We all have our own way of managing relationships. But if you’re too controlling, you could be driving your boyfriend away. After all, no one likes being kept on a tight leash.
Not sure what counts as controlling behaviour? We got Violet Lim, CEO and co-founder of Lunch Actually Group, to list some examples. You:
– Make all day-to-day decisions, like where to go and what to eat
– Decide what he wears and how he should cut his hair
– Dictate who he can and cannot hang out with, and when he can and cannot go out
– Control his finances
– Sign him up for things without checking with him first, such as holidays or social events
– Assert yourself over his career choices
– Constantly speak on his behalf
If you’re guilty of more than three of the above, you’re probably quite controlling. But this isn’t necessarily a bad thing—if he’s told you he doesn’t mind you making decisions on his behalf, there’s probably nothing to worry about.
His silence doesn’t mean it’s OK
But it’s a different story if he has been keeping mum—he could be bottling up his feelings.
“Some men let the woman make all the decisions not because they like it or are unable to make them—they do it to avoid quarrels. However, they may grow to resent their partner,” says Violet.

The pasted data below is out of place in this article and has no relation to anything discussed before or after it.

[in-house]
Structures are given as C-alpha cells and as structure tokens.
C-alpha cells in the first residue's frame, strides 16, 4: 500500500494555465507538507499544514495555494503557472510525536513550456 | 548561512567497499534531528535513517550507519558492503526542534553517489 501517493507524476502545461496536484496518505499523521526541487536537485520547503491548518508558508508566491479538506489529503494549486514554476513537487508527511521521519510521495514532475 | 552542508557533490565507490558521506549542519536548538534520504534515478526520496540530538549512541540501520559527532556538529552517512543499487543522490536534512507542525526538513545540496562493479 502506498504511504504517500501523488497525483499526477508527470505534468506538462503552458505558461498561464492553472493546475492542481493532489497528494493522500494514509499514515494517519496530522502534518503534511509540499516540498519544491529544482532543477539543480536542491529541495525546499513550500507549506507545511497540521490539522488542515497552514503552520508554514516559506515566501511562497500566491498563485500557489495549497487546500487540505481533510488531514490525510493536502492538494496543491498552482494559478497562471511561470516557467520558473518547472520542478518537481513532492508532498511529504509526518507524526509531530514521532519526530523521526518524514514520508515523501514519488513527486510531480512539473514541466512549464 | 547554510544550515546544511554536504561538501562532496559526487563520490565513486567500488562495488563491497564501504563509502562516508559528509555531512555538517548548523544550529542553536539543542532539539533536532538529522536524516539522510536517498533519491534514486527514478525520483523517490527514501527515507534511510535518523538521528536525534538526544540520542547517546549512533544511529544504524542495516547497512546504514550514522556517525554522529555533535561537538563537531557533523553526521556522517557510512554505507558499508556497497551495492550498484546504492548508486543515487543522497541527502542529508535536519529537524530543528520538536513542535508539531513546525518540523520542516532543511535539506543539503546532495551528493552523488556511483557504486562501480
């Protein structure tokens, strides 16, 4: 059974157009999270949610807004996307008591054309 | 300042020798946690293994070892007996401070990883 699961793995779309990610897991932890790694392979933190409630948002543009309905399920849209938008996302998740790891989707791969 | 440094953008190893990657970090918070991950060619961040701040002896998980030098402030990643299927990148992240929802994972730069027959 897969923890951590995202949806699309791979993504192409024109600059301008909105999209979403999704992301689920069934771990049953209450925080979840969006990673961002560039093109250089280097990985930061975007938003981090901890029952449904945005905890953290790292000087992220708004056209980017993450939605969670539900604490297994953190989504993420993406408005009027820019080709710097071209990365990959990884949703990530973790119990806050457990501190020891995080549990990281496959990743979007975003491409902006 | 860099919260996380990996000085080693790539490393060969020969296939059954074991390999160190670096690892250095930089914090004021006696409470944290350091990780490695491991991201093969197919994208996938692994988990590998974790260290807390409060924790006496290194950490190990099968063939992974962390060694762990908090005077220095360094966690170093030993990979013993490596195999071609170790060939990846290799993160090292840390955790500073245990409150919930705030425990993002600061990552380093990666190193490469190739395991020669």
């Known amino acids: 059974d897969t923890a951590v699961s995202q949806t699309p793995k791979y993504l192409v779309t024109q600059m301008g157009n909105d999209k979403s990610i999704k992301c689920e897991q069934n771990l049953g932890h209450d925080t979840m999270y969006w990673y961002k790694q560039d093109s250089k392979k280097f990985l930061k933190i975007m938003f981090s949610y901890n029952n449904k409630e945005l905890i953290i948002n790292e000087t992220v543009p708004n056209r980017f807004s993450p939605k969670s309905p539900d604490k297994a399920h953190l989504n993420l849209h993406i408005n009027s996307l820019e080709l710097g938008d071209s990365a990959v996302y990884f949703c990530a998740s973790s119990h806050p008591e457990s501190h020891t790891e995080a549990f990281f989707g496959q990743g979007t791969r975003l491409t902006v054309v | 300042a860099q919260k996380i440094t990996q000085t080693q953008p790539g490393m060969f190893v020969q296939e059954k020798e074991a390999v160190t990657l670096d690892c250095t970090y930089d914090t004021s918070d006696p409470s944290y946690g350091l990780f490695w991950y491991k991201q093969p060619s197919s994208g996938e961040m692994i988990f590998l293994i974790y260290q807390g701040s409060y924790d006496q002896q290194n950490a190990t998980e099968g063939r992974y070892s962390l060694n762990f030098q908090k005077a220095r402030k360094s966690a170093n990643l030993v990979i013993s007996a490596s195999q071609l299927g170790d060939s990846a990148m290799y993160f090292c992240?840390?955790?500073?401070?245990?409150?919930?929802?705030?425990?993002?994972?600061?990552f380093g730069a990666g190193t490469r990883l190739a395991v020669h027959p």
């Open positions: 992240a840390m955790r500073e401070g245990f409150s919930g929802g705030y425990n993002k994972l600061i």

This could spell trouble in the long run.
“A build-up of resentment can make one become emotionally distant and damage the relationship,” says Jessica Lamb, a psychotherapist at Relationship Matters.
Learn to give and take
A relationship is all about compromise, so both parties should have a say.
“It’s much healthier to negotiate power and decide as a couple who does what in the relationship,” says Jessica. “Some things will matter more to one person than the other, so it’s always important to share responsibility.”
“I believe that every relationship requires a give-and-take approach,” adds Violet. “I also believe that men look for loving and nurturing women, so I encourage women to have their men take charge of some decisions.”
It’s all about communication
Since every couple is different, there is no one-size-fits-all formula when it comes to who makes the decisions in a relationship.
Jessica suggests that it’s all about coming to an agreement on the roles and responsibilities you both should have, and that these are ongoing conversations to engage in throughout the relationship.
“At the end of the day, a successful relationship depends on compatibility and open, honest communication,” adds Violet.
Try to loosen your grip
So what should you do if you realise you’re too controlling?
“As a first step, practise mutual respect by asking this very simple question: ‘What are your thoughts about this decision?’ This is how power play can slowly be eliminated from the relationship,” advises Violet.
She also recommends that you two draw lines when it comes to decisions regarding your respective personal lives.
“This way, both parties will know not to cross them when the time comes.”